When system developers move to high performance technologies such as
InfiniBand, it can be a challenge to link several systems together. Connector
makers are making sure they won’t be the bottleneck, coming out with parts that
handle speeds up to 10 Gbits per second.
Molex Inc. of Lisle, IL, last month unveiled its GbX line, which handles
speeds of 6 to 10 Gbits per second. Tyco Electronics of Harrisburg, PA, is
addressing this market with its MultiGig RT-2 line, which can run at identical
The Molex line, developed in conjunction with Teradyne Inc.
of Nashua, NH, achieves density of up to 69 real differential pairs per linear
inch. It can also help reduce the number of layers on the circuit boards that
the connectors are mounted on, saving the cost of adding layers. Signal pairs
can be routed in the slot-to-slot direction or the card edge direction. That
makes it possible to allow more trace escapes from the connector pin field for
each circuit board layer.
The GbX connector system also provides
power solutions and hot swapping. Parts can handle 200 Amps per linear inch,
with power blade configurations that provide three mating levels for hot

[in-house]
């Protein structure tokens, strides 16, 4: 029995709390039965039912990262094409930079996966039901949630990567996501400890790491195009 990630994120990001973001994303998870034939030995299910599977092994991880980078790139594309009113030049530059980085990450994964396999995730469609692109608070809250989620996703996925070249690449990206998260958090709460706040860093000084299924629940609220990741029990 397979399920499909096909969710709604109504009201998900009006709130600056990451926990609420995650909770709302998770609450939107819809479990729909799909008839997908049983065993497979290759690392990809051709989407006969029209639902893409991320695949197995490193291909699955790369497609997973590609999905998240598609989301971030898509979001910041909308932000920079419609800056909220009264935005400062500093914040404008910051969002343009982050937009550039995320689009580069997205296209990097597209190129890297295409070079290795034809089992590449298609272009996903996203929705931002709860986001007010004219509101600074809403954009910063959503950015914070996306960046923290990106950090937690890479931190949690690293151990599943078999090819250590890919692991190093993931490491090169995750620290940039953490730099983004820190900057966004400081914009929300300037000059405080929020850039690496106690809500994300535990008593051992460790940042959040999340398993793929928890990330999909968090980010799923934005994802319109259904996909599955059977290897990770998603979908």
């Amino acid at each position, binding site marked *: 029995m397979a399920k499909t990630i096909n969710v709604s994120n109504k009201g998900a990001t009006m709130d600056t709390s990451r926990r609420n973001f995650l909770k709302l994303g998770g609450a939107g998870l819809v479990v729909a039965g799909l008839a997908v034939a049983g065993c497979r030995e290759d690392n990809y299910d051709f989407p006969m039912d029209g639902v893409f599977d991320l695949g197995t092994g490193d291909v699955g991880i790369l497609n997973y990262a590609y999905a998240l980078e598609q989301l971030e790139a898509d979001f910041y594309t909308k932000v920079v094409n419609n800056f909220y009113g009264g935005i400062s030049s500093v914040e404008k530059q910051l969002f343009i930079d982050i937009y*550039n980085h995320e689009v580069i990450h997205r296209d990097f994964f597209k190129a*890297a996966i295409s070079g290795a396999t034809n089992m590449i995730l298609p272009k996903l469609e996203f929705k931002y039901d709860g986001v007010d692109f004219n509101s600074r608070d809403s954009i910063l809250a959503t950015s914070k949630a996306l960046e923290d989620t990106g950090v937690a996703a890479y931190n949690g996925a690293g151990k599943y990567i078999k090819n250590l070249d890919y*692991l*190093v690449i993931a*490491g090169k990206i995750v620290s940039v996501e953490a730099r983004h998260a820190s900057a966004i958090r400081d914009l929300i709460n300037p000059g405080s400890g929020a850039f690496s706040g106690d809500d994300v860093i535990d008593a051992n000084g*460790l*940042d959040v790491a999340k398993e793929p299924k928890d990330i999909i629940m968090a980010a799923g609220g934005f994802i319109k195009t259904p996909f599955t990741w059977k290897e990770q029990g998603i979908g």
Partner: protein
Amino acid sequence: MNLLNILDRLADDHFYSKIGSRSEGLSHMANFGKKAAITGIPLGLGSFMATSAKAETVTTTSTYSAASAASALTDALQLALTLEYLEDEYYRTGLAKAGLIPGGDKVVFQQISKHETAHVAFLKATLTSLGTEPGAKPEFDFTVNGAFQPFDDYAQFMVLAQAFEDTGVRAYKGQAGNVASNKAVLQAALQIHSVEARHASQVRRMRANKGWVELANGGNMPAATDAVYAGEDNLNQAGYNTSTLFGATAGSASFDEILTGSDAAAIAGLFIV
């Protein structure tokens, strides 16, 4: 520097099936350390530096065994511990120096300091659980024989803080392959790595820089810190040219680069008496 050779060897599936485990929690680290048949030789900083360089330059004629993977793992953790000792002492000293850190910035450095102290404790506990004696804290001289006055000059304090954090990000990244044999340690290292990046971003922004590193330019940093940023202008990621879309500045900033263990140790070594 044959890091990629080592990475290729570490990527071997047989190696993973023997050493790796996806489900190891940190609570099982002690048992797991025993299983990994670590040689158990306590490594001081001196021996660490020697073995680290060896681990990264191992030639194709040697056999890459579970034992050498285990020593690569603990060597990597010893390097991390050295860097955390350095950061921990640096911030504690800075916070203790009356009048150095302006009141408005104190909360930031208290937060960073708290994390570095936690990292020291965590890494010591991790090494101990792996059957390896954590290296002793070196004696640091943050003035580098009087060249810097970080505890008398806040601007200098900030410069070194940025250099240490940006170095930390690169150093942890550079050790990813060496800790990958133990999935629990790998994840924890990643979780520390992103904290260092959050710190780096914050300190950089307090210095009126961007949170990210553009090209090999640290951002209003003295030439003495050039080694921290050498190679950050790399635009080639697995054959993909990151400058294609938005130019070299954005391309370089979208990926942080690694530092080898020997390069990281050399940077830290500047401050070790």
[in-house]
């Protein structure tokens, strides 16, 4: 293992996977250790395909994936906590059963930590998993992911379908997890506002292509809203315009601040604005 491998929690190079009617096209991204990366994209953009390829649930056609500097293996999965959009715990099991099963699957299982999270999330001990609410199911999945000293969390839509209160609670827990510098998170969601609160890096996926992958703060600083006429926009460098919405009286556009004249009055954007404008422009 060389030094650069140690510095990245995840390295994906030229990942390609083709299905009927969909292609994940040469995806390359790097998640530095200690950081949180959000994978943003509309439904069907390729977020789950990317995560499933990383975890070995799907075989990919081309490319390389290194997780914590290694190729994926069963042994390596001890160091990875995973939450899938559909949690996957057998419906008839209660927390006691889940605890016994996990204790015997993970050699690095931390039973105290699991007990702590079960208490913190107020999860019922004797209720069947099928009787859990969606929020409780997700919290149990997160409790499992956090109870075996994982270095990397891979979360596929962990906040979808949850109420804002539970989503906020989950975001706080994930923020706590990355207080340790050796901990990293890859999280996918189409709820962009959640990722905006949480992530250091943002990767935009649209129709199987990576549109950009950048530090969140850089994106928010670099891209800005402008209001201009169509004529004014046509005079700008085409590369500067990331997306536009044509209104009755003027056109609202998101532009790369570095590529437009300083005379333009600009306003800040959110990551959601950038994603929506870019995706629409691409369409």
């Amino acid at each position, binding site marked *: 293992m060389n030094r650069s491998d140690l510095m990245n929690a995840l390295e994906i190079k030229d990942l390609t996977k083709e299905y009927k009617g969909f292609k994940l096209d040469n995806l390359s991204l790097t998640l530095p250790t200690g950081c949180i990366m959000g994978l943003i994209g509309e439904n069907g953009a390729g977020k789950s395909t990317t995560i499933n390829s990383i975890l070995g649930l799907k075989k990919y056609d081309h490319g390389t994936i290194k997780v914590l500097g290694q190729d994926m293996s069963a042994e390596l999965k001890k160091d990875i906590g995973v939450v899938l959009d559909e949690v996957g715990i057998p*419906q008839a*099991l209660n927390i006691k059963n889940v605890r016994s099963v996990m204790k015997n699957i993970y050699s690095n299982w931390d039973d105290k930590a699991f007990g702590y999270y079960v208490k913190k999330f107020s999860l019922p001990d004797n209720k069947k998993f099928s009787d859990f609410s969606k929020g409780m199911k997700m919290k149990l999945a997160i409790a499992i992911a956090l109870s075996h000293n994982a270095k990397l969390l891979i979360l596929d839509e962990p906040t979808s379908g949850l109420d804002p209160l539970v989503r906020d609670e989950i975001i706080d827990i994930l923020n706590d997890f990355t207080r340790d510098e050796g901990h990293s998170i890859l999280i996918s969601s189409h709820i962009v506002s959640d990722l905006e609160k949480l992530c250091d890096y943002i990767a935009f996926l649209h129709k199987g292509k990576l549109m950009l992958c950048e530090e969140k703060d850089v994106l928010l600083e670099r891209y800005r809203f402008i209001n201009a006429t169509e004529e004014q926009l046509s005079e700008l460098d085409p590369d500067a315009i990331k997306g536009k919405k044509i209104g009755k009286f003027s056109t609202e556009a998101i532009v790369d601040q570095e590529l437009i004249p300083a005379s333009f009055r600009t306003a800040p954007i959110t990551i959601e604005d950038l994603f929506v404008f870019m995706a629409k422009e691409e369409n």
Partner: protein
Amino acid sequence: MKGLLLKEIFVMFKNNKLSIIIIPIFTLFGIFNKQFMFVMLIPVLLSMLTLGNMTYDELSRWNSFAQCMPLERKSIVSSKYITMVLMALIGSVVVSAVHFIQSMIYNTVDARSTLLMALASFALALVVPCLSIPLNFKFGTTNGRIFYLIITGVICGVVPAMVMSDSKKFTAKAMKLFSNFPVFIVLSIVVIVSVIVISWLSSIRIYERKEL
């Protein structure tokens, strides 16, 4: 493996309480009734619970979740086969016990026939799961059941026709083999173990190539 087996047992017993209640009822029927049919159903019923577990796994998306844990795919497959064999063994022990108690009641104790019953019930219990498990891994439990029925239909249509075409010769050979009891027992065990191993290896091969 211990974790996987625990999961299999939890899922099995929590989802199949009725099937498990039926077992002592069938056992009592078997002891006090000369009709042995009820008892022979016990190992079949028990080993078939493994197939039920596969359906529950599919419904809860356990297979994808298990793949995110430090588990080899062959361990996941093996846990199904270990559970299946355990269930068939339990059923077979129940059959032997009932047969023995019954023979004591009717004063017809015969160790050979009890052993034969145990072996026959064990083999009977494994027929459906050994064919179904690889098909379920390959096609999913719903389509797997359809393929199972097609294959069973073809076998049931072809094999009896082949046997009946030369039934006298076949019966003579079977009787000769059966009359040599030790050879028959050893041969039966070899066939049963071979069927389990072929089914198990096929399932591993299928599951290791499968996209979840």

swapping. Pricing is currently set at 13 to 16 cents per mated signal. Tyco’s
MultiGig line has up to 133 contacts per inch. The modular components use
printed circuit wafers instead of signal pins, eliminating the possibility that
bent pins can hinder system setup. These wafers can be produced in differential
or single-ended performance, so impedance, propagation delay and crosstalk can
be set to customer requirements. Connectors are price at 20 cents per mated
The InfiniBand link addressed by these and other connectors is one of the
fastest of a number of new interfaces. It can move up to 250 Mbytes in a second,
nearly 10 times the 26 Mbytes per second rate of Gbit Ethernet, according to the
Infiniband Trade Association.
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For industrial control applications, or even a simple assembly line, that machine can go almost 24/7 without a break. But what happens when the task is a little more complex? That’s where the “smart” machine would come in. The smart machine is one that has some simple (or complex in some cases) processing capability to be able to adapt to changing conditions. Such machines are suited for a host of applications, including automotive, aerospace, defense, medical, computers and electronics, telecommunications, consumer goods, and so on. This discussion will examine what’s possible with smart machines, and what tradeoffs need to be made to implement such a solution.